Hello, I read in NY TIMES the bill passed the senate, so it means we have the immigration law now?.... and in that case, what happen with people who left the country couple of years ago, being illegal, can we return under this immigration law??? please help, i really want to go back, my non-american (but legal) husband lives there.... and my son and I want to go to be with him.... what are my options, i have a 10 year problem... I read in some comments here that maybe the bill/law could help people like me... waiver? or what?
The simple fact that a bill was passed in the senate does not create a new law. Your case sounds complicated and you should consult an immigration attorney.
Alexus P. Sham firstname.lastname@example.org (917) 498-9009. The above information is only general in nature and does not constitute legal advice. It does not create an attorney-client relationship.
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The billed has passed the Senate, but not the House. If it passes on both houses, it will still need to be signed into law by President Obama. Even after that happens, it will probably take a few months for some of the rules/forms, etc to be developed for people to file. While we do not know what the actual reform law will be like, or if there will be a reform, I do not think there will be any provisions that will override the 10 year bar you state you have since you are presently outside the United States. You should consult with an attorney now to determine if you are eligible for a waiver.
This information is provided as a courtesy based upon the limited information provided in your post and does not constitute an attorney-client relationship.
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No, there is no law yet.
J Charles Ferrari Eng & Nishimura 213.622.2255 The statement above is general in nature and does not constitute legal advice, as not all the facts are known. You should retain an attorney to review all the facts specific to your case in order to receive advise specific to your case. The statement above does not create an attorney/client relationship. Answers on Avvo can only be general ones, as specific answers would require knowledge of all the facts. As such, they may or may not apply to the question.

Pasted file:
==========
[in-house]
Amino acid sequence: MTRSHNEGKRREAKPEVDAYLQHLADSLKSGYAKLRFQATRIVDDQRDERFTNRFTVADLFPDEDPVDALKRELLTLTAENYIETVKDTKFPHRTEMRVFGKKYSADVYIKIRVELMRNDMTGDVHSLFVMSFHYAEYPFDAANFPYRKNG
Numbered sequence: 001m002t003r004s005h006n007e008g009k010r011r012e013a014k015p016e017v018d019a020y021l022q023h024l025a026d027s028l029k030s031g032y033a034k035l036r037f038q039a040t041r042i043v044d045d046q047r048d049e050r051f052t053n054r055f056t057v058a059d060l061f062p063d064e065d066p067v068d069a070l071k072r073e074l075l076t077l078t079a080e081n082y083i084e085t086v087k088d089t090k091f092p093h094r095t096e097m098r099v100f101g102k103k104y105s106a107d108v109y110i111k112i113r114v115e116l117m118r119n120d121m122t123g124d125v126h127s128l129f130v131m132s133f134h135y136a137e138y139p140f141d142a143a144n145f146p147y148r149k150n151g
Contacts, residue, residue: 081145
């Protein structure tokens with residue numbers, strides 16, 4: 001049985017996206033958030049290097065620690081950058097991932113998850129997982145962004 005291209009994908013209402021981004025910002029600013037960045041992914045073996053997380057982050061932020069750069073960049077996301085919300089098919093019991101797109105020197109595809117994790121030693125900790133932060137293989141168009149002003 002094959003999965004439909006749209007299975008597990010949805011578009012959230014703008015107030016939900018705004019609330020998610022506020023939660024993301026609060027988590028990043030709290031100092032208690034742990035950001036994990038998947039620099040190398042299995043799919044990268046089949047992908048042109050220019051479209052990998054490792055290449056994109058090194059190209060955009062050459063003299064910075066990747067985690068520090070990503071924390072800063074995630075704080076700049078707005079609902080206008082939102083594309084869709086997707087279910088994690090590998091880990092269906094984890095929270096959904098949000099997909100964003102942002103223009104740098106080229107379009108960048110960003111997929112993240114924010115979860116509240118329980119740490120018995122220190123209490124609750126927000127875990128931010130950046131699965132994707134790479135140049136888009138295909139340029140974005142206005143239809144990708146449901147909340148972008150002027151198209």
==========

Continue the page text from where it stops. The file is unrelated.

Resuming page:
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Now the House of Representatives must debate this.
PROFESSOR OF IMMIGRATION LAW for over 10 years -- This blog posting is offered for informational purposes only. It does not constitute an attorney-client relationship. Also, keep in mind that this is an INTERNET BLOG. You should not rely on anything you read here to make decisions which impact on your life. Meet with an attorney, via Skype, or in person, to obtain competent personal and professional guidance.
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My other colleagues are correct in their responses. The Comprehensive Immigration Reform Bill is not law yet. It must still pass the House, and then the President must sign the Bill into law. In regards to your issue with the ten year problem, their are not enough facts to formulate a proper response. Typically, an alien who is barred from returning to the United States for a period of ten years, has first departed the United States after accumulating one year or more of unlawful presence in the United States prior to departure. See INA Section 212(a)(9)(B) . You should seek the counsel of an experienced immigration attorney to assist you in preparing, submitting, and filing any applications for relief.
The following response is not intended to be a substitute or legal advice. You should seek legal counsel to obtain legal advice regarding your question.
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